Statistics about Psittacosis


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About statistics: This page presents a variety of statistics about Psittacosis. The term 'prevalence' of Psittacosis usually refers to the estimated population of people who are managing Psittacosis at any given time. The term 'incidence' of Psittacosis refers to the annual diagnosis rate, or the number of new cases of Psittacosis diagnosed each year. Hence, these two statistics types can differ: a short-lived disease like flu can have high annual incidence but low prevalence, but a life-long disease like diabetes has a low annual incidence but high prevalence. For more information see about prevalence and incidence statistics.

Prevalence and incidence statistics for Psittacosis: (see also prevalence and incidence page for Psittacosis)
  Incidence (annual) of Psittacosis: 16 annual cases notified in USA 1999 (MMWR 1999)
  Incidence Rate: approx 1 in 17,000,000 or 0.00% or 16 people in USA [about data]
  Prevalance of Psittacosis: Since 1996, fewer than 50 confirmed cases were reported in the United States each year. Many more cases may occur that are not correctly diagnosed or reported.1
  Incidence statistics about Psittacosis: The following statistics relate to the incidence of Psittacosis:
  • 1.0 new cases of ornithosis per 100,000 population was notified in Australia 2002 (Yohannes K, Roche P, Blumer C et al. 2004, Australia’s Health 2004, AIHW)
  • 199 new cases of ornithosis was notified in Australia 2002 (Yohannes K, Roche P, Blumer C et al. 2004, Australia’s Health 2004, AIHW)

Society statistics for Psittacosis
  Hospitalization statistics for Psittacosis: The following are statistics from various sources about hospitalizations and Psittacosis:
  • 0.0002% (21) of hospital consultant episodes were for chlamydia psittaci infection in England 2002-03 (Hospital Episode Statistics, Department of Health, England, 2002-03)
  • 48% of hospital consultant episodes for chlamydia psittaci infection required hospital admission in England 2002-03 (Hospital Episode Statistics, Department of Health, England, 2002-03)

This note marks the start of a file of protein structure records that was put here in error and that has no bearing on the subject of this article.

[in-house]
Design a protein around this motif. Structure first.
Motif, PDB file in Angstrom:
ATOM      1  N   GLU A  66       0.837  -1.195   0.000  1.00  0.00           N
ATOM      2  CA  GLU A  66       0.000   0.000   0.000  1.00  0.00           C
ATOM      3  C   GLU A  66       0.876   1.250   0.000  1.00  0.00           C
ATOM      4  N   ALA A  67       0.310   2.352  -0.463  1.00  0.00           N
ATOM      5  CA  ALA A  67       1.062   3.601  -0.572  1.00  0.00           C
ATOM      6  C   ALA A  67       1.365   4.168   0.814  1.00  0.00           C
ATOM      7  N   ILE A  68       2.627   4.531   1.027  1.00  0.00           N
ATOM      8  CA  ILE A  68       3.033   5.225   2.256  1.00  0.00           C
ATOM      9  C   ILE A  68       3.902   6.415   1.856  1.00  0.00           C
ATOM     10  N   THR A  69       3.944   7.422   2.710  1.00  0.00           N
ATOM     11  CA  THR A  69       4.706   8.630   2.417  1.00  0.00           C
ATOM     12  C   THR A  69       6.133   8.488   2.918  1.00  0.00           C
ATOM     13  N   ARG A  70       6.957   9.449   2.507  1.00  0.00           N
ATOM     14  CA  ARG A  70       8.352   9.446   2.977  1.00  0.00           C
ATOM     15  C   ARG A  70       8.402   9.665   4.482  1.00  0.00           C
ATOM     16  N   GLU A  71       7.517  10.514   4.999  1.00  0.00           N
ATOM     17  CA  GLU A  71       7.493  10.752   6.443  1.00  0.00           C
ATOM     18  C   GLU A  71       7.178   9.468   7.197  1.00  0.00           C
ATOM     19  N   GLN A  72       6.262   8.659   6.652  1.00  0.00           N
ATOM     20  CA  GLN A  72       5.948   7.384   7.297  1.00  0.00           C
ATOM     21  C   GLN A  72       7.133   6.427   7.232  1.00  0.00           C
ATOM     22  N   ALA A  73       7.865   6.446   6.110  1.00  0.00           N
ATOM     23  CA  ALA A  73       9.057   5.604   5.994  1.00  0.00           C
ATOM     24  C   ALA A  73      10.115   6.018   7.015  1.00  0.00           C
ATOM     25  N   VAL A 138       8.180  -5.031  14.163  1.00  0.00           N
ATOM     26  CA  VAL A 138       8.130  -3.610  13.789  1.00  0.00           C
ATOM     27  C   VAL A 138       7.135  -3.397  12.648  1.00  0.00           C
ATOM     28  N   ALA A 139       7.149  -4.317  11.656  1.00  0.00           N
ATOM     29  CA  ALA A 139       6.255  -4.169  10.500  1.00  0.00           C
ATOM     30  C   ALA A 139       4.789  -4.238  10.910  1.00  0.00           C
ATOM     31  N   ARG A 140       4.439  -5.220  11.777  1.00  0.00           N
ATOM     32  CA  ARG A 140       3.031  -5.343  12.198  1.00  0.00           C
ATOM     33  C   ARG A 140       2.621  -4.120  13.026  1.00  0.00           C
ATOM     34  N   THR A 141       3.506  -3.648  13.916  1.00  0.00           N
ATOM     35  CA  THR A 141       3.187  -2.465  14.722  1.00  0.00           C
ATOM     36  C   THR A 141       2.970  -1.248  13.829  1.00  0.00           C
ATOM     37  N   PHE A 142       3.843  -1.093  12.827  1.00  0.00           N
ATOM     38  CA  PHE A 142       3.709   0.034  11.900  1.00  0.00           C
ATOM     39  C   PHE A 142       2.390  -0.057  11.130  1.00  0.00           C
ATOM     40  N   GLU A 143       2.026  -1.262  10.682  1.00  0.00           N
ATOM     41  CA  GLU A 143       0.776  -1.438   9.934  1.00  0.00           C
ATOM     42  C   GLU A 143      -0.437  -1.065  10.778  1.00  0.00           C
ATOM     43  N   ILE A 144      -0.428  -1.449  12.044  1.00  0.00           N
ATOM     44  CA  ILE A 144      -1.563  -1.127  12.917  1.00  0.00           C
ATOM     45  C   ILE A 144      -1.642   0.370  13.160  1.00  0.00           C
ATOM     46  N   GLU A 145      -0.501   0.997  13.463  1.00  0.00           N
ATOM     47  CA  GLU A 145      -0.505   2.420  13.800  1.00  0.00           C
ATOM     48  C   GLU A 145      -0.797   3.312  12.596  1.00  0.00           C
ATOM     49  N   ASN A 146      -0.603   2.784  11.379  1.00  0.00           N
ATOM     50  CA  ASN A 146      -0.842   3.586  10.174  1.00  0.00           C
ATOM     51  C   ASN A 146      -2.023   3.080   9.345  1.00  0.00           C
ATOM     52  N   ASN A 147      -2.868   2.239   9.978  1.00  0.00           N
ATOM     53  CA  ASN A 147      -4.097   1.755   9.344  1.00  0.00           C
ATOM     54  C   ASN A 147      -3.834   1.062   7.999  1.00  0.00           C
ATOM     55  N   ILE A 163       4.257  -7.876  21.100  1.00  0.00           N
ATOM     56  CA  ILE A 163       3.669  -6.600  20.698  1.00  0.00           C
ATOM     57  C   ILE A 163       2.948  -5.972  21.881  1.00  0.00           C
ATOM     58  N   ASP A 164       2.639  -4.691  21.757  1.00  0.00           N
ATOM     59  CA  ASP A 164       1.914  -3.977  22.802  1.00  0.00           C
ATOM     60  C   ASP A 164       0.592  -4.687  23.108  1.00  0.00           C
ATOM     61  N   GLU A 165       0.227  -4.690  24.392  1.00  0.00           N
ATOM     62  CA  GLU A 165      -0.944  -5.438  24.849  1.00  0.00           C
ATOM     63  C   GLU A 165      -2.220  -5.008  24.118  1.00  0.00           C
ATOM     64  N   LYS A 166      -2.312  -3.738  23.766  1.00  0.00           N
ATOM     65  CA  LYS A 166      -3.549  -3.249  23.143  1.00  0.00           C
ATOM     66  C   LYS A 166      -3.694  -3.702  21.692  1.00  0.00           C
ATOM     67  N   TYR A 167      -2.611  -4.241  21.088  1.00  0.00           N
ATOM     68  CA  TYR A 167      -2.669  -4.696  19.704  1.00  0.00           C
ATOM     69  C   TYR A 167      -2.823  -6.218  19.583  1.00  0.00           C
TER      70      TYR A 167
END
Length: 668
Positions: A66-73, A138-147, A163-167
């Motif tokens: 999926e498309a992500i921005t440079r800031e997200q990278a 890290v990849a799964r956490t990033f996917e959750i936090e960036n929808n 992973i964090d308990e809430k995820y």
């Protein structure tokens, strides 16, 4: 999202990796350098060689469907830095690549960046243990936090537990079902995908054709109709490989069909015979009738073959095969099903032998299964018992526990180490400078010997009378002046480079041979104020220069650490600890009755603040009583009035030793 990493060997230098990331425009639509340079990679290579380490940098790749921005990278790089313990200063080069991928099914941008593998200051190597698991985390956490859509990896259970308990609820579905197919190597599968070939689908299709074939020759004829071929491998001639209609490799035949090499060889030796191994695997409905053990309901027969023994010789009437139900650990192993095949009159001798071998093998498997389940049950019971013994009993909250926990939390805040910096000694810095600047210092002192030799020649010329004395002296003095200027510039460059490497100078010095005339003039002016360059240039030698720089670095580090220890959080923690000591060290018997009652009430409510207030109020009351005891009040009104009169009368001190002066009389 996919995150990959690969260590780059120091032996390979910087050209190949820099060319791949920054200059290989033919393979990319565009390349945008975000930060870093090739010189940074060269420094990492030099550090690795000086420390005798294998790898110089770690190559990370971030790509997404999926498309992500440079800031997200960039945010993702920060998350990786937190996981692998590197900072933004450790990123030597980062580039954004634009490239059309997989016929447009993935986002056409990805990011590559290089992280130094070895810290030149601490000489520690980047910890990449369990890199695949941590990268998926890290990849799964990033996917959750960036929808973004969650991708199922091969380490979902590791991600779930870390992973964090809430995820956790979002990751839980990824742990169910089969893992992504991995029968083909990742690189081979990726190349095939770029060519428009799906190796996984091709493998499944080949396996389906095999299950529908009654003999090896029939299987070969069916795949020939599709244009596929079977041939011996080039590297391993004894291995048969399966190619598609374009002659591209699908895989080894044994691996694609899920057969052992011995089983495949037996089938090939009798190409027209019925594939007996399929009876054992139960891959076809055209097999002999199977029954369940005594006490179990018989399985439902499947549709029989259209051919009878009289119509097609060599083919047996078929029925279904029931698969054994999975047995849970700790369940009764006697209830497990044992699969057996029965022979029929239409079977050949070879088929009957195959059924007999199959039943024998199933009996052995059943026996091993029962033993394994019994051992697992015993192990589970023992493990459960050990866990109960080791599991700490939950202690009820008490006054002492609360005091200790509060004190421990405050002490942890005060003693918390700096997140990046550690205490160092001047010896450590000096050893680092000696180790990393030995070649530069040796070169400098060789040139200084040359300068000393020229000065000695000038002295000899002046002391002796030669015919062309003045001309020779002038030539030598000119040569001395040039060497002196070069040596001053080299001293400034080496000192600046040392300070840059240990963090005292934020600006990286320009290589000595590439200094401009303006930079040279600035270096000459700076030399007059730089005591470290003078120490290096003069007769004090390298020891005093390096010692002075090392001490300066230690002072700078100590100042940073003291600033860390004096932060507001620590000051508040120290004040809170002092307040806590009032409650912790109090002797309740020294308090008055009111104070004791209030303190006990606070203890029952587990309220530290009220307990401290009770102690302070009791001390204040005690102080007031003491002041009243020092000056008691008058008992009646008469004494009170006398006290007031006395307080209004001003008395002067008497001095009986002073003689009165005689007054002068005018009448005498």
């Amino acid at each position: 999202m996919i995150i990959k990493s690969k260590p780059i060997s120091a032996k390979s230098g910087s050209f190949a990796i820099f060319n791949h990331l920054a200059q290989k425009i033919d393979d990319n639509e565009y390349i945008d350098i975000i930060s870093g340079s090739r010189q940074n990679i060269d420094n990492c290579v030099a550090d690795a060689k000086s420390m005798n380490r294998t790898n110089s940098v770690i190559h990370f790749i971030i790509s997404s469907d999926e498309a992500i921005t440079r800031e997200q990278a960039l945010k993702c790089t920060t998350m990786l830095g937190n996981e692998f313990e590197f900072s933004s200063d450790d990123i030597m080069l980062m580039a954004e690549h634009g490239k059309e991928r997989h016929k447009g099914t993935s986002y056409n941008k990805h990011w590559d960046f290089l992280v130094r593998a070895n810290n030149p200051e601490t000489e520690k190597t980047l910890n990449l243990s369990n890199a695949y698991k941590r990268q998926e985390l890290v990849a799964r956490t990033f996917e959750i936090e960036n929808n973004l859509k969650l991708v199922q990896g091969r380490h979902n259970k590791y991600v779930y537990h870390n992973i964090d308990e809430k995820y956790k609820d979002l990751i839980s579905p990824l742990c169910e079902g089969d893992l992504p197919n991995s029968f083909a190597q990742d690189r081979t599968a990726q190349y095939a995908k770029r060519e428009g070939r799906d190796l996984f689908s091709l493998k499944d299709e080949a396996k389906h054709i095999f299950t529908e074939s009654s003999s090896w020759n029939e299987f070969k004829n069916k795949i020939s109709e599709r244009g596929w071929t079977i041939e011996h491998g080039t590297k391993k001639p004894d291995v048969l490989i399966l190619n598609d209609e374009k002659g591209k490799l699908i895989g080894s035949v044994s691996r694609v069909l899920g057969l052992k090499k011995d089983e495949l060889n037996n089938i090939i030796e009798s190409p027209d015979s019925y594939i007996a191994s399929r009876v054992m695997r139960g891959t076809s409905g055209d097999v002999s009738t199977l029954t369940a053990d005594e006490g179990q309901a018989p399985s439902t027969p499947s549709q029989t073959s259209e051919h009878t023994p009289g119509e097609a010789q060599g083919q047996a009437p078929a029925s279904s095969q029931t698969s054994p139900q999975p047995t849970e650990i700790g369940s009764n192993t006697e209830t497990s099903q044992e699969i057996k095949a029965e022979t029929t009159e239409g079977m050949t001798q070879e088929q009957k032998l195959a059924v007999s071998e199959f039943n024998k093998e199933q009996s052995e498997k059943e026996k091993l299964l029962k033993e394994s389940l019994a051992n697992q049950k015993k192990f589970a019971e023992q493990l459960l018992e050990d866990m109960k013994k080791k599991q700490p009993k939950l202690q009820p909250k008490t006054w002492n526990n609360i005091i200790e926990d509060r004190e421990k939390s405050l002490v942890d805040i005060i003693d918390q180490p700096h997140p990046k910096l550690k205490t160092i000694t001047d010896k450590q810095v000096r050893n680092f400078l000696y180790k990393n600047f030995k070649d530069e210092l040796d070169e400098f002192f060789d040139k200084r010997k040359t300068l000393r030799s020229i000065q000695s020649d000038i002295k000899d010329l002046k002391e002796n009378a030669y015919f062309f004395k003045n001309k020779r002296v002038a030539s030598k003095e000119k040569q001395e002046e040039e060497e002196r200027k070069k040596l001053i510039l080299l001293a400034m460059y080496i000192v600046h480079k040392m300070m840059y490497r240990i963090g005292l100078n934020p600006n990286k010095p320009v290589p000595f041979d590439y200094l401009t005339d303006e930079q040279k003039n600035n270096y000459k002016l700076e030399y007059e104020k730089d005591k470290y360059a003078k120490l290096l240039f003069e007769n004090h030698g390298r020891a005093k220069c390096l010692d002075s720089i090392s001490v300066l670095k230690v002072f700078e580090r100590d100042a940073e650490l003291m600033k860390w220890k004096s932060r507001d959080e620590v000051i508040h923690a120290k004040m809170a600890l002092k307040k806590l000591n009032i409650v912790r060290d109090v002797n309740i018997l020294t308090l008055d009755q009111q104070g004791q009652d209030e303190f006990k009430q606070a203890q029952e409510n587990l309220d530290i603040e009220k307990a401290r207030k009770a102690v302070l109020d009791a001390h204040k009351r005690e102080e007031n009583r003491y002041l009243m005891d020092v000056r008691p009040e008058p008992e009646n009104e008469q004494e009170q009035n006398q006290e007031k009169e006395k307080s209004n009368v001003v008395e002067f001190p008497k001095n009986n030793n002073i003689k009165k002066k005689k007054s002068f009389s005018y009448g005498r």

• 43% of hospital consultant episodes for chlamydia psittaci infection were for chlamydia psittaci infection men in England 2002-03 (Hospital Episode Statistics, Department of Health, England, 2002-03)
  • 57% of hospital consultant episodes for chlamydia psittaci infection were for chlamydia psittaci infection women in England 2002-03 (Hospital Episode Statistics, Department of Health, England, 2002-03)
  • 80% of hospital consultant episodes for chlamydia psittaci infection required emergency hospital admission in England 2002-03 (Hospital Episode Statistics, Department of Health, England, 2002-03)
  • 12.8 days was the mean length of stay in hospitals for chlamydia psittaci infection in England 2002-03 (Hospital Episode Statistics, Department of Health, England, 2002-03)
  • 7 days was the median length of stay in hospitals for chlamydia psittaci infection in England 2002-03 (Hospital Episode Statistics, Department of Health, England, 2002-03)
  • 35 was the mean age of patients hospitalised for chlamydia psittaci infection in England 2002-03 (Hospital Episode Statistics, Department of Health, England, 2002-03)
  • 86% of hospital consultant episodes for chlamydia psittaci infection occurred in 15-59 year olds in England 2002-03 (Hospital Episode Statistics, Department of Health, England, 2002-03)
  • 5% of hospital consultant episodes for chlamydia psittaci infection occurred in people over 75 in England 2002-03 (Hospital Episode Statistics, Department of Health, England, 2002-03)
  • 0% of hospital consultant episodes for chlamydia psittaci infection were single day episodes in England 2002-03 (Hospital Episode Statistics, Department of Health, England, 2002-03)
  • 0.0003% (166) of hospital bed days were for chlamydia psittaci infection in England 2002-03 (Hospital Episode Statistics, Department of Health, England, 2002-03)
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Footnotes:
1. excerpt from Psittacosis: DBMD

Last revision: April 3, 2003

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